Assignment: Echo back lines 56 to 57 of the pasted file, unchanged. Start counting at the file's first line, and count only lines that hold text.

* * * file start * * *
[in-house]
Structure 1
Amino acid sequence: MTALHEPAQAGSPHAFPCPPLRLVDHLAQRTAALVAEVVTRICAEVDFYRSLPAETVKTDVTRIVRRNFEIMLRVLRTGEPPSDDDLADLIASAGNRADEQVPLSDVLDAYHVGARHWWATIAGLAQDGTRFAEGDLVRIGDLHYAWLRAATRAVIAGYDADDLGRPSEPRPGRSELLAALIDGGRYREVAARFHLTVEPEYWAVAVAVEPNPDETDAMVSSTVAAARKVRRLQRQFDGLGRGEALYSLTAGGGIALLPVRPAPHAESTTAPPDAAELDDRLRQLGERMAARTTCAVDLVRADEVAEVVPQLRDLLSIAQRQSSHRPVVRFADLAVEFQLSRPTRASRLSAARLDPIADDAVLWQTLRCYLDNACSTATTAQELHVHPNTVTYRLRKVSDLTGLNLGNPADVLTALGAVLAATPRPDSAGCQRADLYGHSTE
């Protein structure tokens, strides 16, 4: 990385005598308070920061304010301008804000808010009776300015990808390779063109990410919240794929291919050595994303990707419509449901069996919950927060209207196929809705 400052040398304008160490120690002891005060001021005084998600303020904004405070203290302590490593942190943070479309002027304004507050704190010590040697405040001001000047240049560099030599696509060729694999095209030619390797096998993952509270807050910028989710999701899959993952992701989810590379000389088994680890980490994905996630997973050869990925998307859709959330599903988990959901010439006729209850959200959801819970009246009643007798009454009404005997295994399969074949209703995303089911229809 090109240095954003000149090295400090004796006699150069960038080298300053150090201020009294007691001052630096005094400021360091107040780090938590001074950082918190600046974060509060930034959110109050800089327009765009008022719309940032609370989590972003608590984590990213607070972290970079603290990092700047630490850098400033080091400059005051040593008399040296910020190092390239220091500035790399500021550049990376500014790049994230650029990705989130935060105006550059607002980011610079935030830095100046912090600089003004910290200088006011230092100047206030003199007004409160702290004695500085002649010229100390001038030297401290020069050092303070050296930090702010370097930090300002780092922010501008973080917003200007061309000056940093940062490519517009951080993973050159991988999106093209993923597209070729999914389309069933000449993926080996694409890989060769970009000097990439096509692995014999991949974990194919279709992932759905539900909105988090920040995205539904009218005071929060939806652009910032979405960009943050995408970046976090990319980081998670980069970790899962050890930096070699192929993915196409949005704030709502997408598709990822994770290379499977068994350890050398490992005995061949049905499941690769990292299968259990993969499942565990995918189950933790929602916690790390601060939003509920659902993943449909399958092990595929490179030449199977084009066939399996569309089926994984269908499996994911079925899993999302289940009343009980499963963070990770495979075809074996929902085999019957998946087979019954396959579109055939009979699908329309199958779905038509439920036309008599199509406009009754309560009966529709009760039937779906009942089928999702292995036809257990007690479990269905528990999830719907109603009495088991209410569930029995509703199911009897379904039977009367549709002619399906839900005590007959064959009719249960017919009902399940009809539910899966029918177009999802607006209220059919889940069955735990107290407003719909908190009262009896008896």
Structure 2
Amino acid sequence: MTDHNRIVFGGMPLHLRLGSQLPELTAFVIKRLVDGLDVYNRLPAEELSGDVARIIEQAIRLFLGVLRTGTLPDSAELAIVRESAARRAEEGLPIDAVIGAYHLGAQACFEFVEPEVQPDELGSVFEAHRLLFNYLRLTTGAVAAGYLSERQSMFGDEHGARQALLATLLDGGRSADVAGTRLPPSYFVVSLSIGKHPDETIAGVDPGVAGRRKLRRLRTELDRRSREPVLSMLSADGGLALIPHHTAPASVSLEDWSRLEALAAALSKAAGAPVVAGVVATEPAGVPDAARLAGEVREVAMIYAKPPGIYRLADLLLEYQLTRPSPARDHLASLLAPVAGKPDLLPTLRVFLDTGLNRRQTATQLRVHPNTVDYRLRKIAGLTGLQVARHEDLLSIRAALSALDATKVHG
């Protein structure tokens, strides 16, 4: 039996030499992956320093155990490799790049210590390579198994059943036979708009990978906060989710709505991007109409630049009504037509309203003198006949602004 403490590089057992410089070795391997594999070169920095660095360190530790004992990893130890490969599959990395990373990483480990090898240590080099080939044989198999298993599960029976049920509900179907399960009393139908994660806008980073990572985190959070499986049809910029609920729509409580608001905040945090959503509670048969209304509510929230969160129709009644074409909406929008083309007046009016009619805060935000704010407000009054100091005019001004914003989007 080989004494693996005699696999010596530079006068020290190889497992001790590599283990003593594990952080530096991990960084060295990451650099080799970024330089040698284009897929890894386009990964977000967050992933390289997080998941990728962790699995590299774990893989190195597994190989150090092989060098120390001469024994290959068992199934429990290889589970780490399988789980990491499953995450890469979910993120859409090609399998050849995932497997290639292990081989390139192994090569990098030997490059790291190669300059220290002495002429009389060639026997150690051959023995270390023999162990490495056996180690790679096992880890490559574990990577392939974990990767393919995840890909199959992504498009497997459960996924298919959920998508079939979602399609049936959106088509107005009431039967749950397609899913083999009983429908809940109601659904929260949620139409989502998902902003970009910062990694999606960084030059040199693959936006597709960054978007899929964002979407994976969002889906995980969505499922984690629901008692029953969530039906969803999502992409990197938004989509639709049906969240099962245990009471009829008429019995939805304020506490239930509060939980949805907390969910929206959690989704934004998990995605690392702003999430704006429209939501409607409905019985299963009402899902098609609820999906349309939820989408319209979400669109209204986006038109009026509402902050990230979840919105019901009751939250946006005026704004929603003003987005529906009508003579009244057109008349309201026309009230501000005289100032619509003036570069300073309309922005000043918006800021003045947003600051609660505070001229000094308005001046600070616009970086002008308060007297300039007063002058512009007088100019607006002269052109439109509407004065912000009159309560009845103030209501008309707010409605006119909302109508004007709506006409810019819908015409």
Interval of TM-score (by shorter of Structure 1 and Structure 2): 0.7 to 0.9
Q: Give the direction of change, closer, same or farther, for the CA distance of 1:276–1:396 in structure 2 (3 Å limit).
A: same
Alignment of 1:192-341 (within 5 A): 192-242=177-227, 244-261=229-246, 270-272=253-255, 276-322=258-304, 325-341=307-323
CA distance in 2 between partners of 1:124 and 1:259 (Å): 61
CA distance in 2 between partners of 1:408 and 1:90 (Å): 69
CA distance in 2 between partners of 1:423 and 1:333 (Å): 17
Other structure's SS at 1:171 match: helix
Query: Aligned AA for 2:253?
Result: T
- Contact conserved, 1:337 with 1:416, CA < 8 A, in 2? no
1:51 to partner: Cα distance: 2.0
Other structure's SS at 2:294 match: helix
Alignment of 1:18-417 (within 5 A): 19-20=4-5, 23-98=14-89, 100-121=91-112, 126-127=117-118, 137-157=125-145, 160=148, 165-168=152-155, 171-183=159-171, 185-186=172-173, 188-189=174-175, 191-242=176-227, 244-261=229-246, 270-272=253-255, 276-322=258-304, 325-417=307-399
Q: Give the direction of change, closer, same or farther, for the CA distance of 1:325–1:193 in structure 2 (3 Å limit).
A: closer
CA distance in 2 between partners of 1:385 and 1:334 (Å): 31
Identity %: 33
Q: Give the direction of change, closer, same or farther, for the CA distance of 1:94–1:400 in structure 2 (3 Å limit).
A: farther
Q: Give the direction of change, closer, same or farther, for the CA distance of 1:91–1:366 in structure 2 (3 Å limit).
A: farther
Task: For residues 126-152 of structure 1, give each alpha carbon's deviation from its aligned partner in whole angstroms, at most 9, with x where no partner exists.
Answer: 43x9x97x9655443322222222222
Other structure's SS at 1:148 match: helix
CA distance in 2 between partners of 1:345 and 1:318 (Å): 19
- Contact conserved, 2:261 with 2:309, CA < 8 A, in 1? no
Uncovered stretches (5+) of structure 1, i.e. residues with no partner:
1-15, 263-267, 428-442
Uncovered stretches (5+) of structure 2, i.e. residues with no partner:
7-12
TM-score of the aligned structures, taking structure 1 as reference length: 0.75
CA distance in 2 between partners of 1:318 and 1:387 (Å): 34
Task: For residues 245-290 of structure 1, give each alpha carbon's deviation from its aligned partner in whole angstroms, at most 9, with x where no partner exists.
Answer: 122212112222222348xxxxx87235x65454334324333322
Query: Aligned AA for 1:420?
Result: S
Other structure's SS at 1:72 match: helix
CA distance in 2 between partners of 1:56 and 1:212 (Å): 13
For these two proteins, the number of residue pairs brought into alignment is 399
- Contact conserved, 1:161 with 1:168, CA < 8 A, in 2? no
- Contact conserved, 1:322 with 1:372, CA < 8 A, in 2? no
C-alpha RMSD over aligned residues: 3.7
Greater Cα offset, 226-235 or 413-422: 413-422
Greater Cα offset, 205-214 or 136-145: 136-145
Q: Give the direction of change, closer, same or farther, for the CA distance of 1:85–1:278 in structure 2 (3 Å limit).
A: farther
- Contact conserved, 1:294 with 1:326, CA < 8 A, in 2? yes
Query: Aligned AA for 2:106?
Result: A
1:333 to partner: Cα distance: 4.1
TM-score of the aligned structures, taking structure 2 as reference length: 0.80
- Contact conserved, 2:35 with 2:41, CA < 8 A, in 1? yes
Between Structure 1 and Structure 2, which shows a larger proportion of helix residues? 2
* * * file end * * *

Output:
Query: Aligned AA for 2:106?
Result: A